St. Peter's Ropley
We are much indebted to Mr. R. C. Turner, Honorary Organist and Choirmaster of our Parish Church for nearly 40 years, for the following particulars respecting the Restoration of the Church.
Restoration Of The Church
In the year 1891 the question of the restoration of the Church was seriously considered, for it had been discovered that the building had fallen into such a state of dilapidation as to be actually insecure ; but it was not until the Rev. W. H. Leak - the newly appointed Vicar - took up his residence here in 1892 that the work was really taken in hand. Previously to this Mr. Leak had been Vicar of Bishop's Sutton, where he had undertaken the task of restoring the Church in that parish, and at the time of his appointment to the benefice of Ropley had already succeeded in raising £1,000 for the purpose.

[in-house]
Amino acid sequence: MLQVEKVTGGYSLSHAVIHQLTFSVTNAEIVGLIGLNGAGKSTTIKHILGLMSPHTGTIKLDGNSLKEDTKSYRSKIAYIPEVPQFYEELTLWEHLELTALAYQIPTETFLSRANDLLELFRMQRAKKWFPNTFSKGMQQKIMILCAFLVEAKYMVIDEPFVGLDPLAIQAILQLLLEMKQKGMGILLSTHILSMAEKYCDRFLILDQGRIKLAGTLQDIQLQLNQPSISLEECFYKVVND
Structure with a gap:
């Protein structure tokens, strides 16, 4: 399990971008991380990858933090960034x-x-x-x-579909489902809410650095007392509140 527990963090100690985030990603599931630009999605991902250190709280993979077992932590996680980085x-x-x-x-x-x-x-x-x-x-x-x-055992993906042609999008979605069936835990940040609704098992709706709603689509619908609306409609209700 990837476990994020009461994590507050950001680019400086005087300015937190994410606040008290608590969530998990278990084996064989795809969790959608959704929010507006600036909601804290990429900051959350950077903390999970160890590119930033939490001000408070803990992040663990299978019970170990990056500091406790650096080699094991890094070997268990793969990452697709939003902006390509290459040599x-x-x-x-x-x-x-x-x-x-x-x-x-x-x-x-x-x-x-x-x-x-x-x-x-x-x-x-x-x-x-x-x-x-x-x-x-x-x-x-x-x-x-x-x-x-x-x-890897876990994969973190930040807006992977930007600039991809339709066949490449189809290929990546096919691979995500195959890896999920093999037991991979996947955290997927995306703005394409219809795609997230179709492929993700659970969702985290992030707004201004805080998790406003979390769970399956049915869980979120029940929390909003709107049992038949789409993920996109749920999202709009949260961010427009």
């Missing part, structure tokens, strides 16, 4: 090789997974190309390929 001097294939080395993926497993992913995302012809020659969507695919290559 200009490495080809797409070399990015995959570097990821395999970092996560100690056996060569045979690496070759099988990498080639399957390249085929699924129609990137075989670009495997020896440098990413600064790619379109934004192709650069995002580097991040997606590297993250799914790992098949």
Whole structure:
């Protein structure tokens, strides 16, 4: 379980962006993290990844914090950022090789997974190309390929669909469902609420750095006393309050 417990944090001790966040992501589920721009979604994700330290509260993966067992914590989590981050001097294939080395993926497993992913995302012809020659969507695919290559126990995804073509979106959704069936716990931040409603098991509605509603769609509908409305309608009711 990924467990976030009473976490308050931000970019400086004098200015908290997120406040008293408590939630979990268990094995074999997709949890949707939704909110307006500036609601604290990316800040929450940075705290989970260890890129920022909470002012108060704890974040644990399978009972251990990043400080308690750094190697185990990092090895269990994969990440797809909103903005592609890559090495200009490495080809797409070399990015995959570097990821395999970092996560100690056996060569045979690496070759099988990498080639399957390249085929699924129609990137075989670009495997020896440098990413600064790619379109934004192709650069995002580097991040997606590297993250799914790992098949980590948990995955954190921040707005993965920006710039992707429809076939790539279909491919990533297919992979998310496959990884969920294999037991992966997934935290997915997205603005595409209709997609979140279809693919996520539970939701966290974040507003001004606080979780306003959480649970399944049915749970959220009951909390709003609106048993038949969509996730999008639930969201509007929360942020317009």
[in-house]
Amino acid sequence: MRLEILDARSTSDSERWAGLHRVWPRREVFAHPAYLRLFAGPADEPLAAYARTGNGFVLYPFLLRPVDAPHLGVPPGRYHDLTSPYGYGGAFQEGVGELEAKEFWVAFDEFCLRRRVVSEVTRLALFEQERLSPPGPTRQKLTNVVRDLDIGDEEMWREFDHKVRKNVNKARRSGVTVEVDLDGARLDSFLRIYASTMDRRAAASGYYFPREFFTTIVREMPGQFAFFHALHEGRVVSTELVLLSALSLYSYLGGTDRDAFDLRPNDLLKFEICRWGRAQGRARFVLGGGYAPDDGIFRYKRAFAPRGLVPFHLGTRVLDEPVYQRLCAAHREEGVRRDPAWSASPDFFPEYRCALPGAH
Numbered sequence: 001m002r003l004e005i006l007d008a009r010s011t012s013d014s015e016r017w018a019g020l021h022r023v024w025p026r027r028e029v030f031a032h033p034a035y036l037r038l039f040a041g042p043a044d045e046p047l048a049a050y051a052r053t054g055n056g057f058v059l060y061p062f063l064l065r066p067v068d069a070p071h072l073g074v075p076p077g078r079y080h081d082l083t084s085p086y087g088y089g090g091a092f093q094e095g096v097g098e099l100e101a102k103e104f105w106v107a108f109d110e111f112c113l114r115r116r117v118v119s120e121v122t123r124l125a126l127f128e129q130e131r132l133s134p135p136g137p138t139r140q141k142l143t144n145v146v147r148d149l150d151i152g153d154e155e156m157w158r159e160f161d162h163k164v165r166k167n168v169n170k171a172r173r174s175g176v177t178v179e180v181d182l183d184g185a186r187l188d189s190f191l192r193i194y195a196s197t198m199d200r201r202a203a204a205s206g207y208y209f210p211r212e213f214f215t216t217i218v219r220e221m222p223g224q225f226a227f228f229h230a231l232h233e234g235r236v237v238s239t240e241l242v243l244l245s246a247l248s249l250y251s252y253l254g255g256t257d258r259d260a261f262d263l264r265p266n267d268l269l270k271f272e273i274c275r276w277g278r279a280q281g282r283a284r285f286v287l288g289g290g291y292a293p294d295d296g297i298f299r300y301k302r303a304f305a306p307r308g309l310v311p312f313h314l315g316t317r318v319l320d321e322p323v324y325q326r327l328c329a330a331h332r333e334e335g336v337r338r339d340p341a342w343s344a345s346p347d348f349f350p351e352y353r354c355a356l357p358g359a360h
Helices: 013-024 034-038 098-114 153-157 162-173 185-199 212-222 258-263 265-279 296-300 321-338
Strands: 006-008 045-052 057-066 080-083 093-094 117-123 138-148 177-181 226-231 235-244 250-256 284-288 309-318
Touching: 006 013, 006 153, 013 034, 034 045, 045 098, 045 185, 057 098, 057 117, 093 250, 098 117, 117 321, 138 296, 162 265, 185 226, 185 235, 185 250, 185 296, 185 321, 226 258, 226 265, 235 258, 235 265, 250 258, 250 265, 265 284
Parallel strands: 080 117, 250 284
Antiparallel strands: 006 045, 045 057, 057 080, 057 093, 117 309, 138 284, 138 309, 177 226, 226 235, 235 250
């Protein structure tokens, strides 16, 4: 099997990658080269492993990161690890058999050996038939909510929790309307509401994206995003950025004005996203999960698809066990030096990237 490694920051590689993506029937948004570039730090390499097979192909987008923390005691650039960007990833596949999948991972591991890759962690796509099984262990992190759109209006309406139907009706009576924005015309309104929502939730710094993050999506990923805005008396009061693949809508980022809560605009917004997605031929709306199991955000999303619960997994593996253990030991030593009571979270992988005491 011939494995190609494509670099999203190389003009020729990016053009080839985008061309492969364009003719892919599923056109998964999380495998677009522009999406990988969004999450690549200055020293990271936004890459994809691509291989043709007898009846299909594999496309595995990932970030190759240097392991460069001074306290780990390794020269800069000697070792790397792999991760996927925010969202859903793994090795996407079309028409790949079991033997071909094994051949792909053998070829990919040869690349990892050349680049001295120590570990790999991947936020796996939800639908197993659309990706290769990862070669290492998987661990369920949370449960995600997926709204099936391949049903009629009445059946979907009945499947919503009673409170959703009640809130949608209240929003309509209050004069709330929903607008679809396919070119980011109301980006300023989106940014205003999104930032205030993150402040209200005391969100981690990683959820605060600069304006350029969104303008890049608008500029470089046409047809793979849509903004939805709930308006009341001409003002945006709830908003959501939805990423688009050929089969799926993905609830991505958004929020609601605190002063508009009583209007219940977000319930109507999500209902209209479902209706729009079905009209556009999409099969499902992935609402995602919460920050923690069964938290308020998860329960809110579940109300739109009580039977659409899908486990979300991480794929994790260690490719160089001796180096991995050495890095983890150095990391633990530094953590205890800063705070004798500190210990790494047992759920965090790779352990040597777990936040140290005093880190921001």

The urgency of immediate restoration of Ropley Church was manifest to all, and at once Mr. Leak found himself surrounded by parishioners ready to help forward in every way possible a scheme of restoration. In 1894 a Restoration Committee consisting of Miss Hagen, the Rev. Canon Wynter-Gibbon, Mr. Norris, Mr. W. Barnard, and the Vicar, the Rev. W. H. Leak, was formed and an appeal made for the necessary funds.